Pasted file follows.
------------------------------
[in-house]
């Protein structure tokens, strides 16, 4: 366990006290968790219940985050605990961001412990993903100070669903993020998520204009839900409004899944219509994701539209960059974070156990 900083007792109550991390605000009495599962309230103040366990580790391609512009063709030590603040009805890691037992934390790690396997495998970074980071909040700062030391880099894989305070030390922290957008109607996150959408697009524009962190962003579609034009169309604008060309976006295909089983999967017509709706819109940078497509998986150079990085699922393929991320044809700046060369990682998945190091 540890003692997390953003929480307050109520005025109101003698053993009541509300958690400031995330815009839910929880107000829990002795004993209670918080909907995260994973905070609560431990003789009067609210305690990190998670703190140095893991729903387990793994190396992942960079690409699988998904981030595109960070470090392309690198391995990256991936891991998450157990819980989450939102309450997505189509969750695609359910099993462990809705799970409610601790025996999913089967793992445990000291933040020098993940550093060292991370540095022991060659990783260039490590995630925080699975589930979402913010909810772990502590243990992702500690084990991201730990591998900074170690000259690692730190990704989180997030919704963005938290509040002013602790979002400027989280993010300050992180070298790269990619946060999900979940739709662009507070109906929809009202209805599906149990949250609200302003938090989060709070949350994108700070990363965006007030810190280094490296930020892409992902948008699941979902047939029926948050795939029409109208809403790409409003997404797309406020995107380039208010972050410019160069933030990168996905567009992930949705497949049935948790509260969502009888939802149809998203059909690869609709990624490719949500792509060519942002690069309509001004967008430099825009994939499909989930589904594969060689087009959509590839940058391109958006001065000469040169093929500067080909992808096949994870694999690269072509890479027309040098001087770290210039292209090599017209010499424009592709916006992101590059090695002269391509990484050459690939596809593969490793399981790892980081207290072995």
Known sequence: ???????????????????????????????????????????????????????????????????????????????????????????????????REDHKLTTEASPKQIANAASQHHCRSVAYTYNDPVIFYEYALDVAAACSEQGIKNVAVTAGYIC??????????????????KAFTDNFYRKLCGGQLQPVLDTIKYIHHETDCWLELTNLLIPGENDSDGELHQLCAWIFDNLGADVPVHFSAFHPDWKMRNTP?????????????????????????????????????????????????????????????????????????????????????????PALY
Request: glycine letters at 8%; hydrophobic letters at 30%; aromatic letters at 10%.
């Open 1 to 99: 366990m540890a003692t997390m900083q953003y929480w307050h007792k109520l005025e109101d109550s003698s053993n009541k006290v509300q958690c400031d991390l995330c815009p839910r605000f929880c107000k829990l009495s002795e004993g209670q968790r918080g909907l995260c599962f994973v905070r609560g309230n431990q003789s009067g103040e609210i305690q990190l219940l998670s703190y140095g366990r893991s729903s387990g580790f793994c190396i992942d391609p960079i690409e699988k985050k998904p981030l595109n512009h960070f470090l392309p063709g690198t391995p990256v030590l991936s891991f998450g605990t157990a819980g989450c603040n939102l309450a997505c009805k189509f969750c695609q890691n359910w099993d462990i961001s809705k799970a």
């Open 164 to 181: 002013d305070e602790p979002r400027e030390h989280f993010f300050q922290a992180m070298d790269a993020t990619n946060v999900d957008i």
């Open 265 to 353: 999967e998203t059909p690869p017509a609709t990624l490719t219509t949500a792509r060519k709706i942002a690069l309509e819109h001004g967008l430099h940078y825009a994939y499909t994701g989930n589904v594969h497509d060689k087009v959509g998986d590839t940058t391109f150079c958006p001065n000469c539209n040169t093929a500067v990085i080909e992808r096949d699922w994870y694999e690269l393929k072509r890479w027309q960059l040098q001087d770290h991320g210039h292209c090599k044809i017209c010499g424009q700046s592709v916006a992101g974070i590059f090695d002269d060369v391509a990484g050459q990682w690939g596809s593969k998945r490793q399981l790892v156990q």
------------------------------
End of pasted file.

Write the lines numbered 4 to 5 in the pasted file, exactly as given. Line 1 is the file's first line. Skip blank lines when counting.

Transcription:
Request: glycine letters at 8%; hydrophobic letters at 30%; aromatic letters at 10%.
């Open 1 to 99: 366990m540890a003692t997390m900083q953003y929480w307050h007792k109520l005025e109101d109550s003698s053993n009541k006290v509300q958690c400031d991390l995330c815009p839910r605000f929880c107000k829990l009495s002795e004993g209670q968790r918080g909907l995260c599962f994973v905070r609560g309230n431990q003789s009067g103040e609210i305690q990190l219940l998670s703190y140095g366990r893991s729903s387990g580790f793994c190396i992942d391609p960079i690409e699988k985050k998904p981030l595109n512009h960070f470090l392309p063709g690198t391995p990256v030590l991936s891991f998450g605990t157990a819980g989450c603040n939102l309450a997505c009805k189509f969750c695609q890691n359910w099993d462990i961001s809705k799970a």